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Too many cooks!



Despite the presence of an Head Coach and a Batting Coach, Sri Lanka flew Thilina Kandamby as a specialist coach but the batting was a disaster as Sri Lanka didn’t last for 20 overs in the first ODI.

by Rex Clementine

Saturday was a disaster at Eden Park in Auckland, that iconic sports venue that has been hosting Test cricket since 1930. There have been two ICC Cricket World Cup semi-finals there and a Rugby World Cup final. Eden Park is the MCG of New Zealand. The Sri Lankan team put up one of the worst batting performances in the history getting bowled out for 76 to lose by a massive 198 runs.

Remember in the last ODI that the national cricket team featured in they were shot out for 73 runs at Trivandrum in the southern Indian city to lose by a record 317 runs. That’s the worst defeat in the history of ODI cricket, not just by Sri Lanka but by any team. You wonder how the selectors survived after such a catastrophic performance.

You at least wished that they would rethink the strategy but the failed formula of basing the team on all-rounders is being continued.The idea of too many all-rounders is outdated and a failed strategy that has been long discarded by England. Sri Lankans who came up with innovate ways of playing limited overs cricket have now borrowed a leaf out of England’s book and the strategy has been recipe for disaster.

The selectors may say that Chamika Karunaratne, one of the all-rounders they backed ended up with career best figures on Saturday and yes he did but as Mr. Michael Tissera used to remind us, ‘end doesn’t justify the means’. Mr. Tissera of course was a class of his own and probably the best chief selector we had.

Both Chamika and Dasun Shanaka can not feature in the same side is an argument that most cricket enthusiasts agree on and how come the selectors don’t agree with that is the question. Surely, now that Chamika has justified his place they are not going to axe the man who won us the Asia Cup?

It is all too evident that Dasun is not a number five or a six in ODI cricket. He’s got to bat at number seven which means the top six has to be specialist batters. You can sneak in a Dhananjaya de Silva somewhere there as he gives an additional bowling option but the selectors don’t want to do that. Your all-rounder which is Dasun is at number seven and then follow your bowlers. That’s what successful Sri Lankan teams have done all these years. The current selectors are holding onto a theory of their own which has brought us nothing but disaster.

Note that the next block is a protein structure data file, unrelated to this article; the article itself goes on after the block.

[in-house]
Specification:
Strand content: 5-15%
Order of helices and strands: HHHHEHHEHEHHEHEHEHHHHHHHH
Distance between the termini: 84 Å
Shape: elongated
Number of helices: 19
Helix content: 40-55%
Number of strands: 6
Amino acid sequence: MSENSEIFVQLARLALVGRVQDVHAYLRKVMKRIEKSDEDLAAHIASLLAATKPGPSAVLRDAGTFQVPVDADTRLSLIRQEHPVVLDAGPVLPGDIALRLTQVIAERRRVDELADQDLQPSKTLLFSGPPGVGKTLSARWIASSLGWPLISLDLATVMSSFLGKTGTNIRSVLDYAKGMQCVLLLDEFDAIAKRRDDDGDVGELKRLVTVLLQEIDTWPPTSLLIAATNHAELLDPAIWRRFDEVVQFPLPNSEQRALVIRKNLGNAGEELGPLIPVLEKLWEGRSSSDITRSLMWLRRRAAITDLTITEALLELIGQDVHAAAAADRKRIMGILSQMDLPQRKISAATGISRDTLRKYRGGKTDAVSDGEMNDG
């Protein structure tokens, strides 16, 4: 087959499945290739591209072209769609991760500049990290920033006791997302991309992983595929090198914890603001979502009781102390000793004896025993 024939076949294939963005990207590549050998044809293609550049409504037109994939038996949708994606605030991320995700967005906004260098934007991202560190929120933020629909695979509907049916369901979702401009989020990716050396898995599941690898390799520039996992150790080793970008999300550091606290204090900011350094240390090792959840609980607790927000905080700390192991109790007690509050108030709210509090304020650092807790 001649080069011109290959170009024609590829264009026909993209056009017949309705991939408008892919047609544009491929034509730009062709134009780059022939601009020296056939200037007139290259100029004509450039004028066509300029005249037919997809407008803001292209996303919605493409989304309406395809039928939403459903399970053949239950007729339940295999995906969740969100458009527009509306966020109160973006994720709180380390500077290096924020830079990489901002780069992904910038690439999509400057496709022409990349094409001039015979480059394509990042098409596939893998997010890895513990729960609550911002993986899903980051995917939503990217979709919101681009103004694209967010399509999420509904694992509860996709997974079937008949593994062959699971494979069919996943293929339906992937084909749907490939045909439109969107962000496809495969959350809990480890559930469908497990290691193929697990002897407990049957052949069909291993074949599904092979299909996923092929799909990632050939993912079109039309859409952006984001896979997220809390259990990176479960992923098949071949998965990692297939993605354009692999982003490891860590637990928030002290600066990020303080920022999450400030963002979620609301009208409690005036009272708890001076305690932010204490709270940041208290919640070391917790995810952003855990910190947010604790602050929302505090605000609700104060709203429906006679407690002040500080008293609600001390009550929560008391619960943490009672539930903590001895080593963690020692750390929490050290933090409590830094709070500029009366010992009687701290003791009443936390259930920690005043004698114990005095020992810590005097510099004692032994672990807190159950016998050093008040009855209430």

Dasun has got to bowl more if he has to remain in the ODI outfit and by not bowling he’s not doing too many favours to the team and himself.You also wonder what was the point in sending Thilina Kandamby as a specialist coach to New Zealand for the series. Can Kandamby offer you anything that Chris Silverwood can not? Or for that matter Naveed Nawaz, the batting coach.

This could be an effort to undermine Silverwood. The selectors have been doing it for sometime now. When the team won the Asia Cup, they were quick to take credit elsewhere. When things went wrong in Australia following the arrest of Danushka Gunathilaka the same selectors were doing a Pontius Pilate without owing up for their blunder of retaining an injured player.

The selectors failed policies have denied Sri Lanka a chance to automatically qualify for this year’s World Cup. Even Bangladesh and Afghanistan have gone through. This is nothing but a shame for a proud cricketing nation that won the 50 over World Cup once and reached the finals on two occasions. The current selectors flawed policies need to be kicked out together with them.

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First sprinter to run 100m in under 10 seconds dies




Jim Hines held the world record in the men's 100m for nearly 15 years (pic BBC)

US sprinter Jim Hines, the first man to run the 100m in under 10 seconds, has died at the age of 76.

He broke the record in 1968 when he recorded a hand-timed 9.9 seconds at the US Championships. Hines then broke his own record shortly after while winning gold at the 1968 Olympics, where an electronic timer in Mexico City recorded him at 9.95. His record held for nearly 15 years until Calvin Smith ran a time of 9.93 in 1983.

That is the longest length of time an athlete has held the record for the men’s 100m since the International Amateur Athletic Foundation began keeping track – 110 years ago.

His death was announced in a statement by World Athletics. The organisation said it is “deeply saddened” by the news. Both the Olympics and USA Track and Field shared tributes to Hines on Twitter. “The sport has lost a legend,” USA Track and Field said.

Hines was born in the state of Arkansas in 1946 but was raised in Oakland, California.

He had an early love of sport, namely baseball, but showed a real talent for sprinting as a teenager. He attended Texas Southern University where he ran for the Tigers track team before competing in national championships and the Olympics.

In addition to winning the 100m at the Mexico Olympics, he was also part of the US 4x100m relay team which won a gold.

He ended his sprinting career shortly after the Olympics and joined the NFL. He spent three years in the league, playing for the Miami Dolphins and the Kansas City Chiefs.

(BBC Sports)

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Silverwood promises to address dot ball issue



Rex Clementine
at Suriyawewa

Leading up to the World Cup Qualifiers starting in less than two weeks’ time in Zimbabwe, Sri Lanka’s Head Coach Chris Silverwood promised to address the team’s dot-ball woes.